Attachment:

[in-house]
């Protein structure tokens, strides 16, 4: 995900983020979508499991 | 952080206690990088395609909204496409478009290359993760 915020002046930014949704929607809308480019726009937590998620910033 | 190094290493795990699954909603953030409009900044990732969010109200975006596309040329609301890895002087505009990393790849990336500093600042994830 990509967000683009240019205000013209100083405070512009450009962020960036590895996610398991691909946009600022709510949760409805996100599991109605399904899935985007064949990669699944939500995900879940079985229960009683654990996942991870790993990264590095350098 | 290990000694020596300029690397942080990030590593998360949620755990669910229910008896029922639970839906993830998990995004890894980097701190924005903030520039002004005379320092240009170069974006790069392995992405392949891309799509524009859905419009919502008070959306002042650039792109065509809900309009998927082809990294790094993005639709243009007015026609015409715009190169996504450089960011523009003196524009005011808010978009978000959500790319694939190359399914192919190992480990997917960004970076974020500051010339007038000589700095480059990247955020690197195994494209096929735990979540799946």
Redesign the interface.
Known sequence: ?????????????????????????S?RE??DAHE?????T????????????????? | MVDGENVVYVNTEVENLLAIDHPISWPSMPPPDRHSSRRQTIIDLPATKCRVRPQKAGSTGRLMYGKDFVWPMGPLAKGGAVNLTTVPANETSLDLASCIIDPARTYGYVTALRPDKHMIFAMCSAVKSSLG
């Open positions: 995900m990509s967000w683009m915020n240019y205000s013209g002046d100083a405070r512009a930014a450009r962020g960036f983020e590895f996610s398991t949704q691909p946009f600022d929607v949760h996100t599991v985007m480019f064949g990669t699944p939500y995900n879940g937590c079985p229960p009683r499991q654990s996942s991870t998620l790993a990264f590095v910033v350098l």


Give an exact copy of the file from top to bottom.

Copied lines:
[in-house]
């Protein structure tokens, strides 16, 4: 995900983020979508499991 | 952080206690990088395609909204496409478009290359993760 915020002046930014949704929607809308480019726009937590998620910033 | 190094290493795990699954909603953030409009900044990732969010109200975006596309040329609301890895002087505009990393790849990336500093600042994830 990509967000683009240019205000013209100083405070512009450009962020960036590895996610398991691909946009600022709510949760409805996100599991109605399904899935985007064949990669699944939500995900879940079985229960009683654990996942991870790993990264590095350098 | 290990000694020596300029690397942080990030590593998360949620755990669910229910008896029922639970839906993830998990995004890894980097701190924005903030520039002004005379320092240009170069974006790069392995992405392949891309799509524009859905419009919502008070959306002042650039792109065509809900309009998927082809990294790094993005639709243009007015026609015409715009190169996504450089960011523009003196524009005011808010978009978000959500790319694939190359399914192919190992480990997917960004970076974020500051010339007038000589700095480059990247955020690197195994494209096929735990979540799946």
Redesign the interface.
Known sequence: ?????????????????????????S?RE??DAHE?????T????????????????? | MVDGENVVYVNTEVENLLAIDHPISWPSMPPPDRHSSRRQTIIDLPATKCRVRPQKAGSTGRLMYGKDFVWPMGPLAKGGAVNLTTVPANETSLDLASCIIDPARTYGYVTALRPDKHMIFAMCSAVKSSLG
């Open positions: 995900m990509s967000w683009m915020n240019y205000s013209g002046d100083a405070r512009a930014a450009r962020g960036f983020e590895f996610s398991t949704q691909p946009f600022d929607v949760h996100t599991v985007m480019f064949g990669t699944p939500y995900n879940g937590c079985p229960p009683r499991q654990s996942s991870t998620l790993a990264f590095v910033v350098l």